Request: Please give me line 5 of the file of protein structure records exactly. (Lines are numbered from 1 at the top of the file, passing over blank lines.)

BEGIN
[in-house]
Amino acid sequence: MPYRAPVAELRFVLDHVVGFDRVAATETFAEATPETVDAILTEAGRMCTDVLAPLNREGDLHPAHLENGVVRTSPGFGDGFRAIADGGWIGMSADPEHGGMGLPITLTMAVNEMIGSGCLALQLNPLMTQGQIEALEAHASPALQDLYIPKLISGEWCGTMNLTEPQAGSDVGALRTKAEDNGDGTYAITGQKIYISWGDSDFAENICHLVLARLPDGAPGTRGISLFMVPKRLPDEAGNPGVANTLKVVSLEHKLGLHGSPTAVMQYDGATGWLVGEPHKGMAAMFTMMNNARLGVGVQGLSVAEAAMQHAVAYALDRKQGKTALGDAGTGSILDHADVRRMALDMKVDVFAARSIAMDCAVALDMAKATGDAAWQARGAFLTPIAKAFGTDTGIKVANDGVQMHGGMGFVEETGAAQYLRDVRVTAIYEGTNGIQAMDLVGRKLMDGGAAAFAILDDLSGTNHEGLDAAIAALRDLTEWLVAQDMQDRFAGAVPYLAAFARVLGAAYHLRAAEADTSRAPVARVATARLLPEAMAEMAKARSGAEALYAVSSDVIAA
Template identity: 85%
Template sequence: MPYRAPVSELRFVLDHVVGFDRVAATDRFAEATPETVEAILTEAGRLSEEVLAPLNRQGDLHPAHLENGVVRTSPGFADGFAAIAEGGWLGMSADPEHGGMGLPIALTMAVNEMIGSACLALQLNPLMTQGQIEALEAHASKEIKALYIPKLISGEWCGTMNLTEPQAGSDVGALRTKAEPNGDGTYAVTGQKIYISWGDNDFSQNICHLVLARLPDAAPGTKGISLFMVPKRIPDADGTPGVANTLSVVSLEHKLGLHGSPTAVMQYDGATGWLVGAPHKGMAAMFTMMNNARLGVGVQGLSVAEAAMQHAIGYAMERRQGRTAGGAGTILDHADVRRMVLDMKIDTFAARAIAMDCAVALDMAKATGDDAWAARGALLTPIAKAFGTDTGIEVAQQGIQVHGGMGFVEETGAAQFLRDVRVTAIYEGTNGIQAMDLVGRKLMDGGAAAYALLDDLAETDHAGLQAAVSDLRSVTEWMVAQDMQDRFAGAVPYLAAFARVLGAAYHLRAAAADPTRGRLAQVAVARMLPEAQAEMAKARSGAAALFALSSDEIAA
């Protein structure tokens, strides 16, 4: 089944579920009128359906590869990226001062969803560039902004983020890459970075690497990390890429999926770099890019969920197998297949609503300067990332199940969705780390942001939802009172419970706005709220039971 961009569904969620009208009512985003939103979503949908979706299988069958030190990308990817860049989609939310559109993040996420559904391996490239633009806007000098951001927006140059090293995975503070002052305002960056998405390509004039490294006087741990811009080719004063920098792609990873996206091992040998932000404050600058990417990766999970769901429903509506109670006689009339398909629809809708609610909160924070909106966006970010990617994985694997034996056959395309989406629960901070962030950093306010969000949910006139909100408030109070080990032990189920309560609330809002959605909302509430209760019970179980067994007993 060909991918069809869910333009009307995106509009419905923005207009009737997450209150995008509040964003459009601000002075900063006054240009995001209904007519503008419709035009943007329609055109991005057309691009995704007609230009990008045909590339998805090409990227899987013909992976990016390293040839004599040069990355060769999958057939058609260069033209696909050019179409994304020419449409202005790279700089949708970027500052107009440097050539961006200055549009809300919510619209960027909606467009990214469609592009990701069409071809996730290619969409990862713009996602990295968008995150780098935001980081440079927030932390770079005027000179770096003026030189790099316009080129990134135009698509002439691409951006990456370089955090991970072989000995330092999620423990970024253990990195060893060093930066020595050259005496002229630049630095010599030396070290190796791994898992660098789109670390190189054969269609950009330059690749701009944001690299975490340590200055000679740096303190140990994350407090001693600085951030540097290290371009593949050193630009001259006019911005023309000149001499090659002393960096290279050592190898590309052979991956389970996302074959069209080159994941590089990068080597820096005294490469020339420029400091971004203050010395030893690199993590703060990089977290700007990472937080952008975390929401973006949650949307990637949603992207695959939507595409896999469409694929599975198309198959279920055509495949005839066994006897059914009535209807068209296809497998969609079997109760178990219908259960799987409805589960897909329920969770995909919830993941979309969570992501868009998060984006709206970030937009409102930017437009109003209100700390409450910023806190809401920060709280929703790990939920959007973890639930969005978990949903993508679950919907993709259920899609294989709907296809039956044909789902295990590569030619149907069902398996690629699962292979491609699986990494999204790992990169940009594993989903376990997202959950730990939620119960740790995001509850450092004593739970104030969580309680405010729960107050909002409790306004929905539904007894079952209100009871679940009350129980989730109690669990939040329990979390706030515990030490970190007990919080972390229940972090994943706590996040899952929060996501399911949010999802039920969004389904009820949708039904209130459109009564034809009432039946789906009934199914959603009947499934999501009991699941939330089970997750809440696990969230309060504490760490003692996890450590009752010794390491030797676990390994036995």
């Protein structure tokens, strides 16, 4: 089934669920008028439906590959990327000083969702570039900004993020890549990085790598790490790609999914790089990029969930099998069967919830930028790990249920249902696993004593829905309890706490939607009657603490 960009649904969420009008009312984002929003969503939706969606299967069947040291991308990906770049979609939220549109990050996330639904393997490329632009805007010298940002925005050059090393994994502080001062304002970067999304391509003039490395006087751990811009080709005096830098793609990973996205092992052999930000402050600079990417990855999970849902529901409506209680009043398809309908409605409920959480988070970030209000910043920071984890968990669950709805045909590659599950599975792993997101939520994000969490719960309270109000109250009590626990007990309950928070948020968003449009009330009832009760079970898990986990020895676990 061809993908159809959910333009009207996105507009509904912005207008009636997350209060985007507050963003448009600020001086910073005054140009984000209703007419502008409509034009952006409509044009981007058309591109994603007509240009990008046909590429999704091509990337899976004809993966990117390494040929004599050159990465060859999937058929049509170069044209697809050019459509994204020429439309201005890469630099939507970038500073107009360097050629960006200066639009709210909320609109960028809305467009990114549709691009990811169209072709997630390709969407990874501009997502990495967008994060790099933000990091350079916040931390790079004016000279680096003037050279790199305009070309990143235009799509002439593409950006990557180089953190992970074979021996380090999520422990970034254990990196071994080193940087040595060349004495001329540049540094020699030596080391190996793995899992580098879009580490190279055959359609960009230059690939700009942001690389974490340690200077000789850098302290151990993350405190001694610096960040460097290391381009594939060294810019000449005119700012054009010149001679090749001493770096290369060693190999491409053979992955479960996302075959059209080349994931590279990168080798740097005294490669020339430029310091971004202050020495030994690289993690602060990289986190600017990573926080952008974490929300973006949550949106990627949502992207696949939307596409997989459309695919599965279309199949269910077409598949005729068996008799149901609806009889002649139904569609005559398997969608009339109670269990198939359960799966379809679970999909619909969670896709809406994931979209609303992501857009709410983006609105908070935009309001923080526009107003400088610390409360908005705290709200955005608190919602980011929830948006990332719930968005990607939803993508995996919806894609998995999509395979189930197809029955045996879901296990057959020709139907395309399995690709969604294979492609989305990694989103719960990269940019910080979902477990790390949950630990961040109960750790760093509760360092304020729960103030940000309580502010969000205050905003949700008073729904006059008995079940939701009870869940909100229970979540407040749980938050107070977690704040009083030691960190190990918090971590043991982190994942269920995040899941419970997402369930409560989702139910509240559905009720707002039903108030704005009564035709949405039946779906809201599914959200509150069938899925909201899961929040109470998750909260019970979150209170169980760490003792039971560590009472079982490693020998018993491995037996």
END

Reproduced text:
């Protein structure tokens, strides 16, 4: 089944579920009128359906590869990226001062969803560039902004983020890459970075690497990390890429999926770099890019969920197998297949609503300067990332199940969705780390942001939802009172419970706005709220039971 961009569904969620009208009512985003939103979503949908979706299988069958030190990308990817860049989609939310559109993040996420559904391996490239633009806007000098951001927006140059090293995975503070002052305002960056998405390509004039490294006087741990811009080719004063920098792609990873996206091992040998932000404050600058990417990766999970769901429903509506109670006689009339398909629809809708609610909160924070909106966006970010990617994985694997034996056959395309989406629960901070962030950093306010969000949910006139909100408030109070080990032990189920309560609330809002959605909302509430209760019970179980067994007993 060909991918069809869910333009009307995106509009419905923005207009009737997450209150995008509040964003459009601000002075900063006054240009995001209904007519503008419709035009943007329609055109991005057309691009995704007609230009990008045909590339998805090409990227899987013909992976990016390293040839004599040069990355060769999958057939058609260069033209696909050019179409994304020419449409202005790279700089949708970027500052107009440097050539961006200055549009809300919510619209960027909606467009990214469609592009990701069409071809996730290619969409990862713009996602990295968008995150780098935001980081440079927030932390770079005027000179770096003026030189790099316009080129990134135009698509002439691409951006990456370089955090991970072989000995330092999620423990970024253990990195060893060093930066020595050259005496002229630049630095010599030396070290190796791994898992660098789109670390190189054969269609950009330059690749701009944001690299975490340590200055000679740096303190140990994350407090001693600085951030540097290290371009593949050193630009001259006019911005023309000149001499090659002393960096290279050592190898590309052979991956389970996302074959069209080159994941590089990068080597820096005294490469020339420029400091971004203050010395030893690199993590703060990089977290700007990472937080952008975390929401973006949650949307990637949603992207695959939507595409896999469409694929599975198309198959279920055509495949005839066994006897059914009535209807068209296809497998969609079997109760178990219908259960799987409805589960897909329920969770995909919830993941979309969570992501868009998060984006709206970030937009409102930017437009109003209100700390409450910023806190809401920060709280929703790990939920959007973890639930969005978990949903993508679950919907993709259920899609294989709907296809039956044909789902295990590569030619149907069902398996690629699962292979491609699986990494999204790992990169940009594993989903376990997202959950730990939620119960740790995001509850450092004593739970104030969580309680405010729960107050909002409790306004929905539904007894079952209100009871679940009350129980989730109690669990939040329990979390706030515990030490970190007990919080972390229940972090994943706590996040899952929060996501399911949010999802039920969004389904009820949708039904209130459109009564034809009432039946789906009934199914959603009947499934999501009991699941939330089970997750809440696990969230309060504490760490003692996890450590009752010794390491030797676990390994036995």